Windows 8 Doing Badly, Windows 7 Gets Extension
Windows 8 Doing Badly, Windows 7 Gets Extension
Written by Janet Swift   
Monday, 17 February 2014

With the end of XP support only 7 weeks away Microsoft has extended Windows 7 sales. As for Windows 8, it has reached another milestone - 200 million licences have been sold.




Back in January 2013, two months after its launch, Windows 8 had sold 60 million licences,  taking into account both upgrades and sales to OEMs for new devices, and Microsoft claimed that this was a similar sales trajectory to that experienced with Windows 7.

Four months later, in early May Microsoft officials announced  the milestone of 100 million Windows 8 licenses sold and again claimed that this was on a par with the number of Windows 7 licenses sold in its first six months on the market.

Since then there have been no more blazoned announcements. Rather the news that more than 200 million Windows 8 licences have now been sold emerged during an appearance by Microsoft Marketing chief Tami Reller at the Goldman Sachs Technology & Internet Conference and was picked up by ZDNet's Mary Jo Foley who was listening to the webcast.

So Windows 8 has reached the 200 million mark after 15 months, and by 15 months Windows 7 was already at 300 million.

This chart produced by Emil Protalinski for TNW shows just how far the Window 8 trajectory lags compared to that of Windows 7, although, as Protalinski notes, we can't be sure where they started to diverge as there are only three data points for Windows 8.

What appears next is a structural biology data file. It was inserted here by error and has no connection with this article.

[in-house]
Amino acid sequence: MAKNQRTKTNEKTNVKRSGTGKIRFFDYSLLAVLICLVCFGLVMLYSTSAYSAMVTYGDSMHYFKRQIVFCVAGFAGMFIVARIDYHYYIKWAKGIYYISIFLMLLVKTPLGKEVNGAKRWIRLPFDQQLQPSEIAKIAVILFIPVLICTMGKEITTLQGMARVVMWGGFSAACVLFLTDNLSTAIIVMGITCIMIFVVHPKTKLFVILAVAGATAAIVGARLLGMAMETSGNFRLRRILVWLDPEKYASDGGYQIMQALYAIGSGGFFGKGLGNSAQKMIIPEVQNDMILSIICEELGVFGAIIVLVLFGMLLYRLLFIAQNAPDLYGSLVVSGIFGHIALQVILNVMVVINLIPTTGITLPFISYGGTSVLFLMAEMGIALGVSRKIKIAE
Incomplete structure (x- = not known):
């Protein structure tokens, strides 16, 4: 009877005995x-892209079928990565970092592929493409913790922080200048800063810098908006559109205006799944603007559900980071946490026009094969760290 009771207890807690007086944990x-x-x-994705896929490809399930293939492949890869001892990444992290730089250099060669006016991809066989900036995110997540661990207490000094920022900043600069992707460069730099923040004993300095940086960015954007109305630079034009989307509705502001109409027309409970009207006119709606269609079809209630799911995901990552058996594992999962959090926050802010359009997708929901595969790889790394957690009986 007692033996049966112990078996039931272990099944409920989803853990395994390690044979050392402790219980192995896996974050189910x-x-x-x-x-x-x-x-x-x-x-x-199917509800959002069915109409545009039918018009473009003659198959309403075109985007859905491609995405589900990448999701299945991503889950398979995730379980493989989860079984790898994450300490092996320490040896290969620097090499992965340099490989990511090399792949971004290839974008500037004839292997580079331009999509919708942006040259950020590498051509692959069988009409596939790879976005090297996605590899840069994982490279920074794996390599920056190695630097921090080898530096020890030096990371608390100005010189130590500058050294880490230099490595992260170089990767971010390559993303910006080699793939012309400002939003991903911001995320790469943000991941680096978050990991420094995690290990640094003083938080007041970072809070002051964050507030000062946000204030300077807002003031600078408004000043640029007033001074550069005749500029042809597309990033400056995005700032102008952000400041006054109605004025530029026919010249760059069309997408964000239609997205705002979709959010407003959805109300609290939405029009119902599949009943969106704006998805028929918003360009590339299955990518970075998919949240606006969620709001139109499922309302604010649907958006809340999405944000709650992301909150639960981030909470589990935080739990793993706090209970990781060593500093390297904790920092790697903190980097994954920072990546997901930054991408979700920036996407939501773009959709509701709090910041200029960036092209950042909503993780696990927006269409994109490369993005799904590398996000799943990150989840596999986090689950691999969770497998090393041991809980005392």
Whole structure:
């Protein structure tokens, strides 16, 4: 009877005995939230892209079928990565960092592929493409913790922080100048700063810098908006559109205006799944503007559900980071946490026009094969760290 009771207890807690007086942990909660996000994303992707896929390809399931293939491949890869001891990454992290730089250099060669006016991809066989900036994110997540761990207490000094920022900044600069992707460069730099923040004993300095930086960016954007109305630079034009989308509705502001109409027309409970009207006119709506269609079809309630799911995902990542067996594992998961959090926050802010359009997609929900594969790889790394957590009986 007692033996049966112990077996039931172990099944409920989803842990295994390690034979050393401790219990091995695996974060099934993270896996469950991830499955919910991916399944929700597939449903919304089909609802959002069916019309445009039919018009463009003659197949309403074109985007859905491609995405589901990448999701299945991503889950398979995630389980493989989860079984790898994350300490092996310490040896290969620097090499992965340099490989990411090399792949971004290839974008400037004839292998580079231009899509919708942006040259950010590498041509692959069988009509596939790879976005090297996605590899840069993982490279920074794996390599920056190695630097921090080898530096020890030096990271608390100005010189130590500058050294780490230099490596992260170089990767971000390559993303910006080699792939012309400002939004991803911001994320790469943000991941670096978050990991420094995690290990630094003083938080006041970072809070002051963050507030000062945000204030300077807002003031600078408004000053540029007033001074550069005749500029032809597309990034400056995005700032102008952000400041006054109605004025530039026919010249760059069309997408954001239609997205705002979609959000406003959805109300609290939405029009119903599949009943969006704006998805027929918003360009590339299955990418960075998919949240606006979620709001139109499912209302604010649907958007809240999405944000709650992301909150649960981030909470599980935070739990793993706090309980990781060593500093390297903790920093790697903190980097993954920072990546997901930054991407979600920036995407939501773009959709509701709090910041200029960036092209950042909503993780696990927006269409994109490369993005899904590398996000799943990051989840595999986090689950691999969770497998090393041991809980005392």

(click in chart to enlarge)


There is also a pronounced upward flick at the end of the graph - which is perhaps counter-intuitive so far into the Windows 7 lifecycle.

Or is it?

In early December, Microsoft announced that it would end Windows 7 OEM sales at the end of October 2014. Soon afterwards, amid a flurry of media attention, Microsoft retracted saying that this was an error and the date was still to be determined. It's difficult to know if the prospect of no further OEM sales was the cause of the increased sales in the last couple of months but the current strength of these sales has presumably influenced Microsoft's latest decision.

Although it has reinstated the date of October 31, 2014 as the cut-off for consumer versions of Windows 7, i.e. Home Basic, Home Premium, and Ultimate, there is no firm date for the end of Windows 7 Professional OEM sales. It is however at least twelve months away as a note on the updated Windows lifecycle fact sheet  says that Microsoft will provide one year of notice prior to the end of sale date.

The fact that it is the extension is only for the corporate version of Windows is significant. For corporate customers migrating an operating system is a lengthy process and given that so many customers, both at home and in business are still clinging to Windows XP, which is now within 50 days of end of support, not providing an extension might deter upgrading with businesses perhaps deciding to stick with XP until Windows 9 becomes available.

As for Windows 7's support policy, the dates remain the same. The operating system will end mainstream support (which is to say, non-security bug fixes, extra features, and warranty claims) on January 13, 2015 and will be in extended support (security fixes and paid support) until January 10, 2020.




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